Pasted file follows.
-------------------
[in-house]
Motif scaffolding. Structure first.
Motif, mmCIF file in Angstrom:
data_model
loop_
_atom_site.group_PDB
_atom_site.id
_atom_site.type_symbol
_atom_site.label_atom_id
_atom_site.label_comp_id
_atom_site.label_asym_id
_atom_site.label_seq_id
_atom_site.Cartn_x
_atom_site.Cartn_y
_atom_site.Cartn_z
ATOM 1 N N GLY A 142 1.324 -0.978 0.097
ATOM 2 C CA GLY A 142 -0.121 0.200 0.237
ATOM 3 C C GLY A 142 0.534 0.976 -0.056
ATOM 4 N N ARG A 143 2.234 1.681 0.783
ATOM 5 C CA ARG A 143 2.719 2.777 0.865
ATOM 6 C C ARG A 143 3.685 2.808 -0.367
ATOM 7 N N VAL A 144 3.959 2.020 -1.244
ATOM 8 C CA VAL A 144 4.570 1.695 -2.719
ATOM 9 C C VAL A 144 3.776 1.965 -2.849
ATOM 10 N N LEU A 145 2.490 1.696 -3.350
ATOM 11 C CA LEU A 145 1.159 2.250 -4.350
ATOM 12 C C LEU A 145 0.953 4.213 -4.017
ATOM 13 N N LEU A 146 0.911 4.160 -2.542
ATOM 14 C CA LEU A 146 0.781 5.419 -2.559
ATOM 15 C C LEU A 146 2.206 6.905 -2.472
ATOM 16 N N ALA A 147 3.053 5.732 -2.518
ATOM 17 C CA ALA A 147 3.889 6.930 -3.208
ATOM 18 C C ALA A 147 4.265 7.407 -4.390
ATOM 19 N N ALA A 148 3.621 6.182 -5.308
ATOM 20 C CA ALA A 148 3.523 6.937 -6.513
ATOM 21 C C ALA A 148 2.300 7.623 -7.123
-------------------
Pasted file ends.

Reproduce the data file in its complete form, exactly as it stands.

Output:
[in-house]
Motif scaffolding. Structure first.
Motif, mmCIF file in Angstrom:
data_model
loop_
_atom_site.group_PDB
_atom_site.id
_atom_site.type_symbol
_atom_site.label_atom_id
_atom_site.label_comp_id
_atom_site.label_asym_id
_atom_site.label_seq_id
_atom_site.Cartn_x
_atom_site.Cartn_y
_atom_site.Cartn_z
ATOM 1 N N GLY A 142 1.324 -0.978 0.097
ATOM 2 C CA GLY A 142 -0.121 0.200 0.237
ATOM 3 C C GLY A 142 0.534 0.976 -0.056
ATOM 4 N N ARG A 143 2.234 1.681 0.783
ATOM 5 C CA ARG A 143 2.719 2.777 0.865
ATOM 6 C C ARG A 143 3.685 2.808 -0.367
ATOM 7 N N VAL A 144 3.959 2.020 -1.244
ATOM 8 C CA VAL A 144 4.570 1.695 -2.719
ATOM 9 C C VAL A 144 3.776 1.965 -2.849
ATOM 10 N N LEU A 145 2.490 1.696 -3.350
ATOM 11 C CA LEU A 145 1.159 2.250 -4.350
ATOM 12 C C LEU A 145 0.953 4.213 -4.017
ATOM 13 N N LEU A 146 0.911 4.160 -2.542
ATOM 14 C CA LEU A 146 0.781 5.419 -2.559
ATOM 15 C C LEU A 146 2.206 6.905 -2.472
ATOM 16 N N ALA A 147 3.053 5.732 -2.518
ATOM 17 C CA ALA A 147 3.889 6.930 -3.208
ATOM 18 C C ALA A 147 4.265 7.407 -4.390
ATOM 19 N N ALA A 148 3.621 6.182 -5.308
ATOM 20 C CA ALA A 148 3.523 6.937 -6.513
ATOM 21 C C ALA A 148 2.300 7.623 -7.123